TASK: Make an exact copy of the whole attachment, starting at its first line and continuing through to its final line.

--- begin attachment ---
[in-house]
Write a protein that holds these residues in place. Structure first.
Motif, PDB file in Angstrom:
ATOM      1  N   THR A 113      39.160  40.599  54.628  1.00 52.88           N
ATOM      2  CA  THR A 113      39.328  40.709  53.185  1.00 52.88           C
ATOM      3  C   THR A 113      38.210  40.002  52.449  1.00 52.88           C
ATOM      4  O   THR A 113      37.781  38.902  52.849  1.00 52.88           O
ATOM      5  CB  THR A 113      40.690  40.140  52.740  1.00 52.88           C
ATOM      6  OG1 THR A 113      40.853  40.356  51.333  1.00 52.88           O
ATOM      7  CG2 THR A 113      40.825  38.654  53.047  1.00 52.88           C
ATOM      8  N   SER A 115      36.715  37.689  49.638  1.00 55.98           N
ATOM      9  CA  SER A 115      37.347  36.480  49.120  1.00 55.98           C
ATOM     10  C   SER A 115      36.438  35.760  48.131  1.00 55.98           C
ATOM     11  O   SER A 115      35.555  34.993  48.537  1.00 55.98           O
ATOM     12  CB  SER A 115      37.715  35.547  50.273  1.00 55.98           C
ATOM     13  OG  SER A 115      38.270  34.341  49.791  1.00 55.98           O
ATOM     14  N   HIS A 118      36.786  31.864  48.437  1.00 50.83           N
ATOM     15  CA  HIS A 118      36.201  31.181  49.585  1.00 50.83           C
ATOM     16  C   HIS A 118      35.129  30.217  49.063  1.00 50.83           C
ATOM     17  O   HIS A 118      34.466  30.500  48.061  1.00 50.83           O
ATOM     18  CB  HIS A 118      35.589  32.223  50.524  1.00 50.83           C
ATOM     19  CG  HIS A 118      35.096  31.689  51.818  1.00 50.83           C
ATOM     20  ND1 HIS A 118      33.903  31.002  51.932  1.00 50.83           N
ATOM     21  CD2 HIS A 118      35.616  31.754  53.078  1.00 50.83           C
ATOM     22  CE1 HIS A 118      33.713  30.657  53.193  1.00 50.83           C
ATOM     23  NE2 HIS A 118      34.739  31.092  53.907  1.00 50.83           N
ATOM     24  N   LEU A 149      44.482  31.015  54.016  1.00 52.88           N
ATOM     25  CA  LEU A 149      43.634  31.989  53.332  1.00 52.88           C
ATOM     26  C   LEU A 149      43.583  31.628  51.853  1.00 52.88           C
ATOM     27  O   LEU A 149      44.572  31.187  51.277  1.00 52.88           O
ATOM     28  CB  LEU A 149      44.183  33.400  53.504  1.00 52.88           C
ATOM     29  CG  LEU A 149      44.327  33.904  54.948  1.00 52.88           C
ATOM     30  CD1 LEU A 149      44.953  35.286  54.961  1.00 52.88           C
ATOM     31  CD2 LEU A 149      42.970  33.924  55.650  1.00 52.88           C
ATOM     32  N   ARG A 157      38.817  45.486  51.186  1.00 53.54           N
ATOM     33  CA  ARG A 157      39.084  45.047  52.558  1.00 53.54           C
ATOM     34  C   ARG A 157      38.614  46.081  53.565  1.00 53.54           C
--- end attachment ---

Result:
[in-house]
Write a protein that holds these residues in place. Structure first.
Motif, PDB file in Angstrom:
ATOM      1  N   THR A 113      39.160  40.599  54.628  1.00 52.88           N
ATOM      2  CA  THR A 113      39.328  40.709  53.185  1.00 52.88           C
ATOM      3  C   THR A 113      38.210  40.002  52.449  1.00 52.88           C
ATOM      4  O   THR A 113      37.781  38.902  52.849  1.00 52.88           O
ATOM      5  CB  THR A 113      40.690  40.140  52.740  1.00 52.88           C
ATOM      6  OG1 THR A 113      40.853  40.356  51.333  1.00 52.88           O
ATOM      7  CG2 THR A 113      40.825  38.654  53.047  1.00 52.88           C
ATOM      8  N   SER A 115      36.715  37.689  49.638  1.00 55.98           N
ATOM      9  CA  SER A 115      37.347  36.480  49.120  1.00 55.98           C
ATOM     10  C   SER A 115      36.438  35.760  48.131  1.00 55.98           C
ATOM     11  O   SER A 115      35.555  34.993  48.537  1.00 55.98           O
ATOM     12  CB  SER A 115      37.715  35.547  50.273  1.00 55.98           C
ATOM     13  OG  SER A 115      38.270  34.341  49.791  1.00 55.98           O
ATOM     14  N   HIS A 118      36.786  31.864  48.437  1.00 50.83           N
ATOM     15  CA  HIS A 118      36.201  31.181  49.585  1.00 50.83           C
ATOM     16  C   HIS A 118      35.129  30.217  49.063  1.00 50.83           C
ATOM     17  O   HIS A 118      34.466  30.500  48.061  1.00 50.83           O
ATOM     18  CB  HIS A 118      35.589  32.223  50.524  1.00 50.83           C
ATOM     19  CG  HIS A 118      35.096  31.689  51.818  1.00 50.83           C
ATOM     20  ND1 HIS A 118      33.903  31.002  51.932  1.00 50.83           N
ATOM     21  CD2 HIS A 118      35.616  31.754  53.078  1.00 50.83           C
ATOM     22  CE1 HIS A 118      33.713  30.657  53.193  1.00 50.83           C
ATOM     23  NE2 HIS A 118      34.739  31.092  53.907  1.00 50.83           N
ATOM     24  N   LEU A 149      44.482  31.015  54.016  1.00 52.88           N
ATOM     25  CA  LEU A 149      43.634  31.989  53.332  1.00 52.88           C
ATOM     26  C   LEU A 149      43.583  31.628  51.853  1.00 52.88           C
ATOM     27  O   LEU A 149      44.572  31.187  51.277  1.00 52.88           O
ATOM     28  CB  LEU A 149      44.183  33.400  53.504  1.00 52.88           C
ATOM     29  CG  LEU A 149      44.327  33.904  54.948  1.00 52.88           C
ATOM     30  CD1 LEU A 149      44.953  35.286  54.961  1.00 52.88           C
ATOM     31  CD2 LEU A 149      42.970  33.924  55.650  1.00 52.88           C
ATOM     32  N   ARG A 157      38.817  45.486  51.186  1.00 53.54           N
ATOM     33  CA  ARG A 157      39.084  45.047  52.558  1.00 53.54           C
ATOM     34  C   ARG A 157      38.614  46.081  53.565  1.00 53.54           C